Tentatively named the Lamborghini Jota, the pictures seen here provide only a tiny, if tempting, glimpse at what’s to come, but we’ve nonetheless been keeping our ear open for insights into what’s coming as the Italian maker moves to replace its aging supercar.

You can expect to still see the raging bull hood ornament on this, the latest offering to roll out of the Lamborghini plant in Sant’Agata Bolognese.  And don’t expect to see the Jota go soft and squishy.  Lambo designers will retain true to form with the hard angles that have defined the brand since its founding, in 1963, by Ferruccio Lamborghini.

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But where the maker – now a division of Volkswagen AG (or, more precisely, VW’s Audi subsidiary) – has long relied on brute force to get the steel moving, expect a much more modern machine this time around.  Think a slightly smaller car, somewhere between the size of the current Lamborghini Murcielago and the compact Gallardo.


Lightweighting: Getting The Lead and Steel And Cast Iron Out Of Tomorrow’s Cars.

Material mix best way to cut weight, think tank president says.

by on Aug.12, 2010

"To add speed, add lightness," said legendary car driver and designer Colin Chapman, founder of Lotus.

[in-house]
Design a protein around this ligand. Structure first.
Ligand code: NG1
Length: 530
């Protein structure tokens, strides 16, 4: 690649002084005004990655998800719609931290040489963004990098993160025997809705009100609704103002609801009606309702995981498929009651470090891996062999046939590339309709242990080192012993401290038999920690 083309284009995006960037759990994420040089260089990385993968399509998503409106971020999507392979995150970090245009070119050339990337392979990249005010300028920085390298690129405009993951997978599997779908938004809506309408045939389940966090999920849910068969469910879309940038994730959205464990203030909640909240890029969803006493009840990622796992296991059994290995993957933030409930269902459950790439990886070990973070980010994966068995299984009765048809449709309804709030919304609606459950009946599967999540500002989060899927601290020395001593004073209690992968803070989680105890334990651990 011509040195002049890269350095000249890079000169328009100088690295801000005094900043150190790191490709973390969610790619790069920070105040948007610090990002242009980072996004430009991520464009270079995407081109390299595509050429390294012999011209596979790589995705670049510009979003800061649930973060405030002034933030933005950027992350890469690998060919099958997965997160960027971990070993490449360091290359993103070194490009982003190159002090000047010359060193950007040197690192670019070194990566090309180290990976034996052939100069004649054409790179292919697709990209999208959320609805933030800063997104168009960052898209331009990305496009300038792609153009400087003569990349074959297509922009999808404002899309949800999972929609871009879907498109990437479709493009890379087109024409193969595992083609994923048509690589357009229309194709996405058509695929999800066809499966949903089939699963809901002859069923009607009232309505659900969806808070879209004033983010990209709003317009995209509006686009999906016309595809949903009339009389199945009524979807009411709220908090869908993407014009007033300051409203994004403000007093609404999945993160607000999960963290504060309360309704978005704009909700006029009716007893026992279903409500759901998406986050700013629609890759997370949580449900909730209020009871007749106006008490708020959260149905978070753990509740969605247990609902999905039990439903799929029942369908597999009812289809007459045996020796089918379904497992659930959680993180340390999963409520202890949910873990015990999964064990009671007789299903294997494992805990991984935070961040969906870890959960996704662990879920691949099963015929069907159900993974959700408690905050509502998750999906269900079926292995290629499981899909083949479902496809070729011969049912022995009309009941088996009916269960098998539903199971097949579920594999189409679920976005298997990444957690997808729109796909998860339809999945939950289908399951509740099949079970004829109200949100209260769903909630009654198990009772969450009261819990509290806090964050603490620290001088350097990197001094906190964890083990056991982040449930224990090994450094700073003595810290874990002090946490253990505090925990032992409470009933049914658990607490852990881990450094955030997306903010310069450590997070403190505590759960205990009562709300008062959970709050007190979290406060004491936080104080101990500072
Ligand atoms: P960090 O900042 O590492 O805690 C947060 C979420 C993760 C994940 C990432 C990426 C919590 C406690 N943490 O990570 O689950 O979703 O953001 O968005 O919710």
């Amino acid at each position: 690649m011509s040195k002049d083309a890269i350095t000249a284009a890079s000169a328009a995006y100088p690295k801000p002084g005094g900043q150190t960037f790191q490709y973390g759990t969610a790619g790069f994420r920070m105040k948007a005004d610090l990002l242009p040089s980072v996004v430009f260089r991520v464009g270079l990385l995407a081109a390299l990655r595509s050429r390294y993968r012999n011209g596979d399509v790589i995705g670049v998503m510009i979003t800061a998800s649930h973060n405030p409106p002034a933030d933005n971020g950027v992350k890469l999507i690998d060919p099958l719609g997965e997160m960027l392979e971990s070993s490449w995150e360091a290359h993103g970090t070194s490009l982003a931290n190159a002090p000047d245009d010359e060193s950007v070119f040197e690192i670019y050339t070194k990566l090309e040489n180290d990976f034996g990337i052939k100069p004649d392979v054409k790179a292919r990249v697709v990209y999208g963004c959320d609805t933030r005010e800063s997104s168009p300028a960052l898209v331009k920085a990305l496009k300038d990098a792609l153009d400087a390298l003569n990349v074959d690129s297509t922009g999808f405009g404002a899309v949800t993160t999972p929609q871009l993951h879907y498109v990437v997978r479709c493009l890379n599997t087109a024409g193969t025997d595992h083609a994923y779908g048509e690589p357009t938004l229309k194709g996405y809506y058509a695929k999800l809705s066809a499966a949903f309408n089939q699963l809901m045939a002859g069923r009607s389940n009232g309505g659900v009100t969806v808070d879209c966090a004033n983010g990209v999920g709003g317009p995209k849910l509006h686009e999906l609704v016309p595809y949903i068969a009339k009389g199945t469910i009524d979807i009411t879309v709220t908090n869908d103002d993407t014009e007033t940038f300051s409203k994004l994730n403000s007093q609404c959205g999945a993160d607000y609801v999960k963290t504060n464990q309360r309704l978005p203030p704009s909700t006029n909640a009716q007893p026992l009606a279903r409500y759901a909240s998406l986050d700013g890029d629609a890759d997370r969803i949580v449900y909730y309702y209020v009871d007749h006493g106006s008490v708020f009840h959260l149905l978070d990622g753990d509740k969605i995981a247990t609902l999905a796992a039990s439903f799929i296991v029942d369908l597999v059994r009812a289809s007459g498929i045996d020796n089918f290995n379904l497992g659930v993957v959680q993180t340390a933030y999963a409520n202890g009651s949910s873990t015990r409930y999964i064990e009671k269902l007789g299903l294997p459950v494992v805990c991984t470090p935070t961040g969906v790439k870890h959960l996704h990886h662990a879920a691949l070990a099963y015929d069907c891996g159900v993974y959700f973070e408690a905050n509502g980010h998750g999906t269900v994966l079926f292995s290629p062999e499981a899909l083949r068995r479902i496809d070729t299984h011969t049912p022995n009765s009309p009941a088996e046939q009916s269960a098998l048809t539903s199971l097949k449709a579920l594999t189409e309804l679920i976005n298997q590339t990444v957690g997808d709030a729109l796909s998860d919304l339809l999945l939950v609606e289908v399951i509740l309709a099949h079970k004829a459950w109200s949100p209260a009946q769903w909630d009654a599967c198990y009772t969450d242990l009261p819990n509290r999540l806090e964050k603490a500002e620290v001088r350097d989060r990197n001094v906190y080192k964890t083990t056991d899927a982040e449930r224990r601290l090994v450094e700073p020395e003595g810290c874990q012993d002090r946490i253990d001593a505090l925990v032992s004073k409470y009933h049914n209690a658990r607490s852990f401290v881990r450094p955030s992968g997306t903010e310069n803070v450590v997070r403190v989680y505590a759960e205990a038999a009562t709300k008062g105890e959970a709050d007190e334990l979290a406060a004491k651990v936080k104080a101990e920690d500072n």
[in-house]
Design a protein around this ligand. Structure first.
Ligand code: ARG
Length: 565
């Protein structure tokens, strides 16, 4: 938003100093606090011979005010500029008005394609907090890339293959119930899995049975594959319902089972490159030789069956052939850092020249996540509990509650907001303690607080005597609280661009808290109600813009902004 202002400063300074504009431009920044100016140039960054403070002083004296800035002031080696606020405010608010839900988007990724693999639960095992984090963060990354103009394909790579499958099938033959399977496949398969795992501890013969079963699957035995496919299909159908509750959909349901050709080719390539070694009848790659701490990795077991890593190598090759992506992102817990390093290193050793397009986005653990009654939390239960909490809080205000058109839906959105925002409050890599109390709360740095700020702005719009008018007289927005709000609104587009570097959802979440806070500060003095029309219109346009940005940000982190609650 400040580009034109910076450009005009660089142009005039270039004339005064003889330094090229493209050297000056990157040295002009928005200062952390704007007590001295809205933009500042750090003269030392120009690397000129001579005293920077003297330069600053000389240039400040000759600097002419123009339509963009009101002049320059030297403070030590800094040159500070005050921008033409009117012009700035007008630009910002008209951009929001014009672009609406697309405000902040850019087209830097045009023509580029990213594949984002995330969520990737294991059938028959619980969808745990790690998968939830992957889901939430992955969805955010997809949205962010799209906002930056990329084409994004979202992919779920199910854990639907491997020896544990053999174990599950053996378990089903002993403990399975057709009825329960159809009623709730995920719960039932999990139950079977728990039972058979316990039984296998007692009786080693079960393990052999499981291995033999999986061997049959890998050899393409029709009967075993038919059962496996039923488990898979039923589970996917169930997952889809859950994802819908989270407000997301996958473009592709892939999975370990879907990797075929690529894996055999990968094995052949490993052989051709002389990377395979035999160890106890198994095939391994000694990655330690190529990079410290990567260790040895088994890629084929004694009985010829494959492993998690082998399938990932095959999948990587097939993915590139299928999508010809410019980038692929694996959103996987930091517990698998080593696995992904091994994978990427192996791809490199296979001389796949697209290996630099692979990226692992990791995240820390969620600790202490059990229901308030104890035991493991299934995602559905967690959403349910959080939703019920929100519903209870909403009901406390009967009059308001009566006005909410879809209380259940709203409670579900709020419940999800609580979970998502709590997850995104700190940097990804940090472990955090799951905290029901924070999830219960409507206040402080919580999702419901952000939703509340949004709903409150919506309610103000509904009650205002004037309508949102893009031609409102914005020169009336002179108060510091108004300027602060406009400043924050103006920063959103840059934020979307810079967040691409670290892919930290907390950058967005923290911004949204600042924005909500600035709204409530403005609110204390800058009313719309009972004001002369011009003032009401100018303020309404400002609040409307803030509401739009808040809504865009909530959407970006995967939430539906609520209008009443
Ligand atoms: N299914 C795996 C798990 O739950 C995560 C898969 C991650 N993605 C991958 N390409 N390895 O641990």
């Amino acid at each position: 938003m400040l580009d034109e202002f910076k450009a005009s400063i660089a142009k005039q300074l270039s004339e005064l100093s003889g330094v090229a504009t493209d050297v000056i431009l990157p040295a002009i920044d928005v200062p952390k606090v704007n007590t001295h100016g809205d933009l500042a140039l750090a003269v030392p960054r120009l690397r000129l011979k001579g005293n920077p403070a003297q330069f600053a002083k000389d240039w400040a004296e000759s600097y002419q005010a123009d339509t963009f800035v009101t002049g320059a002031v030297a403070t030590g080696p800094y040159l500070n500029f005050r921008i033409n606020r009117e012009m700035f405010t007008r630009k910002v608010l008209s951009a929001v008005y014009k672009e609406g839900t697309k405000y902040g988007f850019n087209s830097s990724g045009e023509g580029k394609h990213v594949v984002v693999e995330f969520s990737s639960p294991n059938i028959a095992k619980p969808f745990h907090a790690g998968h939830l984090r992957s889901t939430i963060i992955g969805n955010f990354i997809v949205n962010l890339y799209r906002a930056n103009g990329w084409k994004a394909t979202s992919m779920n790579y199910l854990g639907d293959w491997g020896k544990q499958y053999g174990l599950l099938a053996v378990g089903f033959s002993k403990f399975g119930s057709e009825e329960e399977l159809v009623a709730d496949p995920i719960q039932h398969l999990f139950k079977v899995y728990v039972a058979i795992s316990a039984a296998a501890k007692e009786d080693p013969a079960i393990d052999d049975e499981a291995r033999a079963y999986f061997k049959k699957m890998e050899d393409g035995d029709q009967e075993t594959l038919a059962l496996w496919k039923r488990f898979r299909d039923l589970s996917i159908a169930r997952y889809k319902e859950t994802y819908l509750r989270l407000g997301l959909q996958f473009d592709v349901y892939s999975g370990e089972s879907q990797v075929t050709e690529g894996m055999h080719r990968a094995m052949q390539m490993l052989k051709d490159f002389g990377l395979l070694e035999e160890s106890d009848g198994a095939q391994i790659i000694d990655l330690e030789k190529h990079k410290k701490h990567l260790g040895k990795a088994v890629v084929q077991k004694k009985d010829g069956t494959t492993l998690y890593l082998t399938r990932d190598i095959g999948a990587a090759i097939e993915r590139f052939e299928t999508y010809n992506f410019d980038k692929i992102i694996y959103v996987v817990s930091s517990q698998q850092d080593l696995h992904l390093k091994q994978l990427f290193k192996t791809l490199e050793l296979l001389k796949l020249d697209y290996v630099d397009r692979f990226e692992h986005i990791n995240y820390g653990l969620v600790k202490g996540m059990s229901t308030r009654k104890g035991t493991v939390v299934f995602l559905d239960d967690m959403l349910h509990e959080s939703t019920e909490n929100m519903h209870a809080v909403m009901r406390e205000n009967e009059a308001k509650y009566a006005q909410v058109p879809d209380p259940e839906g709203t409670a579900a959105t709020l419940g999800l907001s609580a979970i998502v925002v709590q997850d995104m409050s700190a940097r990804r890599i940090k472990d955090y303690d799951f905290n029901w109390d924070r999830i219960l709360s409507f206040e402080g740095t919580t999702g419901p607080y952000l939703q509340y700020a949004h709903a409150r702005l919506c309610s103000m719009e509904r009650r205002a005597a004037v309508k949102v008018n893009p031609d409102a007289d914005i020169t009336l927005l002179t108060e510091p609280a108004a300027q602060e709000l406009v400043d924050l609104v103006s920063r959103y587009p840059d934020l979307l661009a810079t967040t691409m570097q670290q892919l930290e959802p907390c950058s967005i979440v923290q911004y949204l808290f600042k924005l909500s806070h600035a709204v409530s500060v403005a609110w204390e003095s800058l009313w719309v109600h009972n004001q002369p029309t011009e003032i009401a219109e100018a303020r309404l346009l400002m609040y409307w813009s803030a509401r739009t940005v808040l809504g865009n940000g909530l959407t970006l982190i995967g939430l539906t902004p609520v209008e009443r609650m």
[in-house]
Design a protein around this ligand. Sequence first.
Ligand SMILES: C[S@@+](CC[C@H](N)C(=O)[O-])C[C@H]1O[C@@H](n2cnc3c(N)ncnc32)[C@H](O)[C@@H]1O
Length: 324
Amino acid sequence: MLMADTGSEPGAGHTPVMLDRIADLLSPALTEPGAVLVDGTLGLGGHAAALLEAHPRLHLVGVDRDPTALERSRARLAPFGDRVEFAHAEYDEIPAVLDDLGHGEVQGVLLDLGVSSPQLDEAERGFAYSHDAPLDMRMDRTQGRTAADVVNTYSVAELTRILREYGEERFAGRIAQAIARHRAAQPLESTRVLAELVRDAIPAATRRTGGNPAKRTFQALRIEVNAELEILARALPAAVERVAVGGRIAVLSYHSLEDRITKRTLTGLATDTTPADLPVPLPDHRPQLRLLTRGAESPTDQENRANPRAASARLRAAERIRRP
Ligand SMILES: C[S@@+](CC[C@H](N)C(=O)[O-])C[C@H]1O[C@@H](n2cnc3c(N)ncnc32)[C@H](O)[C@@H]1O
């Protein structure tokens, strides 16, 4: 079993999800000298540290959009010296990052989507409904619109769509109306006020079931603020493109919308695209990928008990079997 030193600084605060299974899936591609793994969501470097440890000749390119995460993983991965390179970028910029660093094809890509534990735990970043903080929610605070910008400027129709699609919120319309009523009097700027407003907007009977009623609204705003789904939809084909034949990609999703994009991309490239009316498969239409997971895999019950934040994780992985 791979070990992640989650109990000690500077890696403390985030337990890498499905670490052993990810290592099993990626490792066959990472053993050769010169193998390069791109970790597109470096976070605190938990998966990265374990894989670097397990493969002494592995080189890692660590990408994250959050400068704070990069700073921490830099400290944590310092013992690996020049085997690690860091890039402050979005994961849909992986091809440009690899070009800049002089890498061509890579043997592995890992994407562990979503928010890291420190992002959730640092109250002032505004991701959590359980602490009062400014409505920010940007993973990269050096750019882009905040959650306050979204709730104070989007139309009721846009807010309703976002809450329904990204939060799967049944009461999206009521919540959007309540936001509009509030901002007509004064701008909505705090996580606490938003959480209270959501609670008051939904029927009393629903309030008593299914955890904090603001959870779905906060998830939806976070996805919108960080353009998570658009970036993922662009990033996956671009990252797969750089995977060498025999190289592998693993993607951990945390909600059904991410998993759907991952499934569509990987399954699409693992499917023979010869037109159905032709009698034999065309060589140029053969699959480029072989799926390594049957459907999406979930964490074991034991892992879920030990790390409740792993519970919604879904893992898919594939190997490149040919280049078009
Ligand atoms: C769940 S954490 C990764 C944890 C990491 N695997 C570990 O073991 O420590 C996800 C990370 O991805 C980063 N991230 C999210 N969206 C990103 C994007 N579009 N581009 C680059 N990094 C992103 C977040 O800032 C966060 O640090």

The late Colin Chapman, the revered race car and sports car designer, is often credited with the quote “To add speed, add lightness.” If he were alive today, he’d likely put more emphasis on that maxim than ever as a central tenet in the push for better fuel efficiency.
Chapman, founder of Lotus Cars, was known for his clever techniques to reduce weight in both his race cars and road cars. His belief was that a light car could beat more powerful ones because its chassis would handle better. And he was right. Lotus won seven Formula One Constructor titles under Chapman.

Today’s automakers face a far different challenge than Chapman. Instead of speed, auto companies are working furiously to increase fuel economy, but most of the work is focused on more efficient powertrains, not reducing weight.

Jay Baron is amongst those who think they’re making a mistake. Baron, president and CEO of the Center for Automotive Research, an industry think tank, in Ann Arbor, Michigan, said reducing weight might be even more important than increasing powertrain efficiency because no one knows what powertrain technology will win out, but lighter vehicles will help with efficiency no matter what is powering the car.

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A primary way to save weight is using lighter materials. Baron said there are essentially five materials in play here:
• mild steel, which is the predominate material in most cars, costing about 30 to 50 cents per pound.
• high-strength steel, which is about double the cost of mild steel but can be made thinner to provide the same strength.
• aluminum, which costs about $1.50 per pound, but is significantly lighter than steel. Besides the cost disadvantage, it’s more difficult to form and weld.
• plastics, while the prices vary wildly based on material and purpose, plastic is far more expensive than other materials and takes longer to mold.
• magnesium is another material finding its way into vehicles, but it is even more expensive than aluminum.